- Variation in the axis of the monsoon trough: The monsoon trough axis experiences considerable day to day variation in its position, which has a vital bearing on the monsoon rainfall distribution in the region. During the break monsoon periods, when there is a temporary lull in monsoon activity, the trough line shifts to the foothills of the Himalayas. Rainfall over the central parts of India decreases considerably and there is an increase in rainfall over northern India along the Himalayan foothills.
- Teleconnections (ENSO – El–Nino and Southern Oscillation Index):
A. Southern Oscillation Index (SOI)
- A curious see-saw pattern of meteorological changes has been observed b/w Indian Ocean & Pacific ocean. Whenever pressure is higher over Indian Ocean, low pressure prevails over Pacific Ocean & vice versa. This see-saw relationship is referred to as the Southern Oscillations.
- To measure this pressure difference, a SOI has been developed based on the pressure data at certain representative stations (e.g. the SOI between Tahiti island and Darwin is the most widely used)
SOI (Southern Oscillation Index) = (Atm. Pressure @Tahiti) – (Atm. Pressure @Darwin)
Tahiti = Pacific Ocean, Darwin = Indian Ocean
B. El-Nino (Spanish for male child)
- It is an anomalous warming of the Eastern Tropical Pacific Ocean that occurs at 2 – 10 years intervals and is frequently associated with far reaching climatic and oceanic impacts around the world.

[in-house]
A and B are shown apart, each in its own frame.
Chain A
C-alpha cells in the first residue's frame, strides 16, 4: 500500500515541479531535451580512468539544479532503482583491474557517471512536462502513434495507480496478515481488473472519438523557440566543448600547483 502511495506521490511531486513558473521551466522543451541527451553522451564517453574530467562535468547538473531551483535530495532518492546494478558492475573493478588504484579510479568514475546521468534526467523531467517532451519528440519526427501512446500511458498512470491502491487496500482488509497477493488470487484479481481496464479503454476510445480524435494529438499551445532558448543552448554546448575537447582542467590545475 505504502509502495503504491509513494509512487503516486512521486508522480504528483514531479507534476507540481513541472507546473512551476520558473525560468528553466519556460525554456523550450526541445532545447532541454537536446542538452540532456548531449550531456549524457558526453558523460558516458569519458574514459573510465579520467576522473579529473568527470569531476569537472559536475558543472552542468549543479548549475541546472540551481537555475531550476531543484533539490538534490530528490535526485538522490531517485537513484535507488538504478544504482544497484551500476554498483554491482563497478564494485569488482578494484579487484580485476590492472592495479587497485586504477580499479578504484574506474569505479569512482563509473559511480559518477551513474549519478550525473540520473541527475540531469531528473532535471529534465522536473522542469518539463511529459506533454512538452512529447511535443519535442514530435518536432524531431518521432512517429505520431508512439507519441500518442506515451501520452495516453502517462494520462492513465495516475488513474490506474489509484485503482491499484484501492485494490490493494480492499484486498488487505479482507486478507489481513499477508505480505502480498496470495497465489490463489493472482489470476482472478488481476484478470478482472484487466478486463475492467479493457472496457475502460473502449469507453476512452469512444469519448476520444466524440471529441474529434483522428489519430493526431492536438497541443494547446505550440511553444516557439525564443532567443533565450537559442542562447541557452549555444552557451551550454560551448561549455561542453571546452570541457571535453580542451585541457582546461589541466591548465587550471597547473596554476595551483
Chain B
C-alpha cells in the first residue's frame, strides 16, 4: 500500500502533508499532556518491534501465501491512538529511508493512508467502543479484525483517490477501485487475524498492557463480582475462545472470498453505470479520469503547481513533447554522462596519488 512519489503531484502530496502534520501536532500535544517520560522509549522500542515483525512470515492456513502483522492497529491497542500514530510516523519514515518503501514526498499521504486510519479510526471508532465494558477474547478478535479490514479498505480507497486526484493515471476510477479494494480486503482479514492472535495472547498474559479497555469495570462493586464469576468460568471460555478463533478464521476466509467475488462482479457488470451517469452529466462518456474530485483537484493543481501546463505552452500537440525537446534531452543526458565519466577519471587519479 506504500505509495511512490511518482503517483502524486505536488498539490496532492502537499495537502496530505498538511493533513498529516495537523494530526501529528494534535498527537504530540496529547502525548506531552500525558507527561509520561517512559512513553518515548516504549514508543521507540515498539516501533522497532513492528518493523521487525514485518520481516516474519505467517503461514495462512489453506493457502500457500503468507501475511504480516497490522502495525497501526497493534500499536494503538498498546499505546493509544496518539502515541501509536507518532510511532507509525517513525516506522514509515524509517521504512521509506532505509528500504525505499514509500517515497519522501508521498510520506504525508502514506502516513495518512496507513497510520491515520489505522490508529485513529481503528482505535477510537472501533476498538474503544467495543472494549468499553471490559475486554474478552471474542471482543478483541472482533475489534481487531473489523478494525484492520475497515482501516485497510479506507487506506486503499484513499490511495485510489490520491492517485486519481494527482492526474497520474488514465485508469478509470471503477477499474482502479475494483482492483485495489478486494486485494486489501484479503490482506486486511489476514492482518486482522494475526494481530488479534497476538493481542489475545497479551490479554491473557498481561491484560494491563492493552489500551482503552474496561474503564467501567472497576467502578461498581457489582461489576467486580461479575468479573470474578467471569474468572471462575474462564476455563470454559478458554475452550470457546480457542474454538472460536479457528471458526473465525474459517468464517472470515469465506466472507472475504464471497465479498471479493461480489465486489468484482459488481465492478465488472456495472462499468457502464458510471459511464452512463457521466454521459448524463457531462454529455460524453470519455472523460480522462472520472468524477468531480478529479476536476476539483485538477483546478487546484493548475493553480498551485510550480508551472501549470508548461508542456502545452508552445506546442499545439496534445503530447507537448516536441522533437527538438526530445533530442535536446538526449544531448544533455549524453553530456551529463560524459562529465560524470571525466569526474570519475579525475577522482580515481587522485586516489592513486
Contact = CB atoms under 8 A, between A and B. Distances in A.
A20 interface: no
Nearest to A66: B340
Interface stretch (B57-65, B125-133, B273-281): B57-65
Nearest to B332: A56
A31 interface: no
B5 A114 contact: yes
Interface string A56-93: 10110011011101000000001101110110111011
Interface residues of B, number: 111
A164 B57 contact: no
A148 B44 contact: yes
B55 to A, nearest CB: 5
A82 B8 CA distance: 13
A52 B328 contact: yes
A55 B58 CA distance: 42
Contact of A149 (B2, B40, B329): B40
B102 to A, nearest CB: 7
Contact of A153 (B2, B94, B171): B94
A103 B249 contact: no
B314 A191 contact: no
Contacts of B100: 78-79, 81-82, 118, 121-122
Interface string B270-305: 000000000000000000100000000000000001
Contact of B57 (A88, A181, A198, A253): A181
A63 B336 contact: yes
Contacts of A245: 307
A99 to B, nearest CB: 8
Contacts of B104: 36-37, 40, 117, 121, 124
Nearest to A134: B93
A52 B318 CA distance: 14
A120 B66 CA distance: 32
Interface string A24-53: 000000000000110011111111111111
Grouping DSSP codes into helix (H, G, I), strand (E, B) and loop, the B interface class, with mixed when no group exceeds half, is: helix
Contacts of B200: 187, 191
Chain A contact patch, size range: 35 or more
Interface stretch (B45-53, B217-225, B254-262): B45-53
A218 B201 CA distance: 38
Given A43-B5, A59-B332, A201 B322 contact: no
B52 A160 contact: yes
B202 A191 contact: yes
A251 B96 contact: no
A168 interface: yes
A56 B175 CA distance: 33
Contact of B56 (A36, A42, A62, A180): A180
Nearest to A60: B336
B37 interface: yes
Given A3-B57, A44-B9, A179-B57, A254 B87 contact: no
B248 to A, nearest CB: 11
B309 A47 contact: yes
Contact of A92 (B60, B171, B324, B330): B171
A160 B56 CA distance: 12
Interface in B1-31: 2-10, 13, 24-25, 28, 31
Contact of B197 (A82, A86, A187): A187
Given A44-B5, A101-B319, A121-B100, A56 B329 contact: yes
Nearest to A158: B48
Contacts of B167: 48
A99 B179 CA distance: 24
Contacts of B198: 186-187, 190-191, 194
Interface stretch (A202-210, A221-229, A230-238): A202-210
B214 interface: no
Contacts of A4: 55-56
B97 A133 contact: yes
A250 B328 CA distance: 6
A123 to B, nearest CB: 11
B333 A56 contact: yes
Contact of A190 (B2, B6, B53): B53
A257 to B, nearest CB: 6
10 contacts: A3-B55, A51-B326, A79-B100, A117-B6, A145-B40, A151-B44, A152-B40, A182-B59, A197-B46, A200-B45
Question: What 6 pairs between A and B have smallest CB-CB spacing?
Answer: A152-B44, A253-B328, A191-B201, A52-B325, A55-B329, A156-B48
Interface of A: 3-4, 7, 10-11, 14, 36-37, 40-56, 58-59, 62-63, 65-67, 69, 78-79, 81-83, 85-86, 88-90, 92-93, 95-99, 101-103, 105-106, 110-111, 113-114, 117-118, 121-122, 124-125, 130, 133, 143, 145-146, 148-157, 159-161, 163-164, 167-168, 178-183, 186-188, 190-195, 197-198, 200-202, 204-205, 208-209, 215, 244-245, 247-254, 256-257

These two are believed to be inter-connected – the southern oscillation has been identified as the atmospheric counterpart to El-Nino. Both are together referred to as ENSO.
During the high southern oscillation phase (Normal situation), precipitation tends to be abundant in the Indonesian – Australian region, most of the south Asian region, SE Africa and northern coast of South America. Relatively dry conditions prevail over the equatorial pacific, east central Africa and northern Mexico.
During the low phase of the southern oscillation (El-Nino), the rainfall anomalies are approximately opposite. The El-Nino is found to be adversely correlated with the SW monsoon rain.
La-Nina (Spanish for girl child) refers to the reinforced normal situation and is found to be positively correlated with the SW monsoon rain.